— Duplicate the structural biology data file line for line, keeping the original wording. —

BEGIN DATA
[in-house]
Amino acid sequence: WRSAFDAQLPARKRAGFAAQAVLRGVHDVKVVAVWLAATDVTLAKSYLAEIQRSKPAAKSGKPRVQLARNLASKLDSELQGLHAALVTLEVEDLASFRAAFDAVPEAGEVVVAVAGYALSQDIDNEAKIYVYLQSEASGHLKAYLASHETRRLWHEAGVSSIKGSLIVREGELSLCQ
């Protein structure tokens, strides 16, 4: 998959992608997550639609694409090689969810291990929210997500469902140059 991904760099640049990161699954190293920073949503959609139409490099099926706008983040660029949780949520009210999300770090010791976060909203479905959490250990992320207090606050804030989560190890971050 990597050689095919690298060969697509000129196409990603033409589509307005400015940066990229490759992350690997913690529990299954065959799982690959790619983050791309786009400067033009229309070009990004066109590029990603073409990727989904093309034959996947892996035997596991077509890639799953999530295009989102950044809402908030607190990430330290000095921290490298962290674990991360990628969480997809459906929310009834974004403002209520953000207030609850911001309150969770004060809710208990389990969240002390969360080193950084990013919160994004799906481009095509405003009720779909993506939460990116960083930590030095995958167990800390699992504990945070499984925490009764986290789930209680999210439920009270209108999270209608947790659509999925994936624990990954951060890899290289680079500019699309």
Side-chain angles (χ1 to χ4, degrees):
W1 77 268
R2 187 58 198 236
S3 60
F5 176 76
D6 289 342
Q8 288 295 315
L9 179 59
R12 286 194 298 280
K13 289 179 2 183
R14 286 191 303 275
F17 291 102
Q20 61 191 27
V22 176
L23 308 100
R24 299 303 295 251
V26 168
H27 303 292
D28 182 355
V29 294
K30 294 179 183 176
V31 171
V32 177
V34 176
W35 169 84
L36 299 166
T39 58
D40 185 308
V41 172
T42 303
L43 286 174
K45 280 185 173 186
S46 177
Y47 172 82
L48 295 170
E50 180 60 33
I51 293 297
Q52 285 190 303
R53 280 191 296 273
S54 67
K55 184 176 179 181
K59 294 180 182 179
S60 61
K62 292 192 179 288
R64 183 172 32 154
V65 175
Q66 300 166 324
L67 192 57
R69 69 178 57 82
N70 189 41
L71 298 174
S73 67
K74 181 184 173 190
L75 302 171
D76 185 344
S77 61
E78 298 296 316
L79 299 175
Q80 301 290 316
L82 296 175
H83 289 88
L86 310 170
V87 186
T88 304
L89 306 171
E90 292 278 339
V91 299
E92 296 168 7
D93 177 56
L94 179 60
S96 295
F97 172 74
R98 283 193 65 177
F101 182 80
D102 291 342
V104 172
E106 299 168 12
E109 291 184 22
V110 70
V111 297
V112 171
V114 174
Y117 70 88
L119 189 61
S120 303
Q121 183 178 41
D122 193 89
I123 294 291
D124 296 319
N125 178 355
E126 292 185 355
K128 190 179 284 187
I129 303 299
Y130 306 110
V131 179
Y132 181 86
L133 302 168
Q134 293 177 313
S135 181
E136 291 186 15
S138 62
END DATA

[in-house]
Amino acid sequence: WRSAFDAQLPARKRAGFAAQAVLRGVHDVKVVAVWLAATDVTLAKSYLAEIQRSKPAAKSGKPRVQLARNLASKLDSELQGLHAALVTLEVEDLASFRAAFDAVPEAGEVVVAVAGYALSQDIDNEAKIYVYLQSEASGHLKAYLASHETRRLWHEAGVSSIKGSLIVREGELSLCQ
């Protein structure tokens, strides 16, 4: 998959992608997550639609694409090689969810291990929210997500469902140059 991904760099640049990161699954190293920073949503959609139409490099099926706008983040660029949780949520009210999300770090010791976060909203479905959490250990992320207090606050804030989560190890971050 990597050689095919690298060969697509000129196409990603033409589509307005400015940066990229490759992350690997913690529990299954065959799982690959790619983050791309786009400067033009229309070009990004066109590029990603073409990727989904093309034959996947892996035997596991077509890639799953999530295009989102950044809402908030607190990430330290000095921290490298962290674990991360990628969480997809459906929310009834974004403002209520953000207030609850911001309150969770004060809710208990389990969240002390969360080193950084990013919160994004799906481009095509405003009720779909993506939460990116960083930590030095995958167990800390699992504990945070499984925490009764986290789930209680999210439920009270209108999270209608947790659509999925994936624990990954951060890899290289680079500019699309």
Side-chain angles (χ1 to χ4, degrees):
W1 77 268
R2 187 58 198 236
S3 60
F5 176 76
D6 289 342
Q8 288 295 315
L9 179 59
R12 286 194 298 280
K13 289 179 2 183
R14 286 191 303 275
F17 291 102
Q20 61 191 27
V22 176
L23 308 100
R24 299 303 295 251
V26 168
H27 303 292
D28 182 355
V29 294
K30 294 179 183 176
V31 171
V32 177
V34 176
W35 169 84
L36 299 166
T39 58
D40 185 308
V41 172
T42 303
L43 286 174
K45 280 185 173 186
S46 177
Y47 172 82
L48 295 170
E50 180 60 33
I51 293 297
Q52 285 190 303
R53 280 191 296 273
S54 67
K55 184 176 179 181
K59 294 180 182 179
S60 61
K62 292 192 179 288
R64 183 172 32 154
V65 175
Q66 300 166 324
L67 192 57
R69 69 178 57 82
N70 189 41
L71 298 174
S73 67
K74 181 184 173 190
L75 302 171
D76 185 344
S77 61
E78 298 296 316
L79 299 175
Q80 301 290 316
L82 296 175
H83 289 88
L86 310 170
V87 186
T88 304
L89 306 171
E90 292 278 339
V91 299
E92 296 168 7
D93 177 56
L94 179 60
S96 295
F97 172 74
R98 283 193 65 177
F101 182 80
D102 291 342
V104 172
E106 299 168 12
E109 291 184 22
V110 70
V111 297
V112 171
V114 174
Y117 70 88
L119 189 61
S120 303
Q121 183 178 41
D122 193 89
I123 294 291
D124 296 319
N125 178 355
E126 292 185 355
K128 190 179 284 187
I129 303 299
Y130 306 110
V131 179
Y132 181 86
L133 302 168
Q134 293 177 313
S135 181
E136 291 186 15
S138 62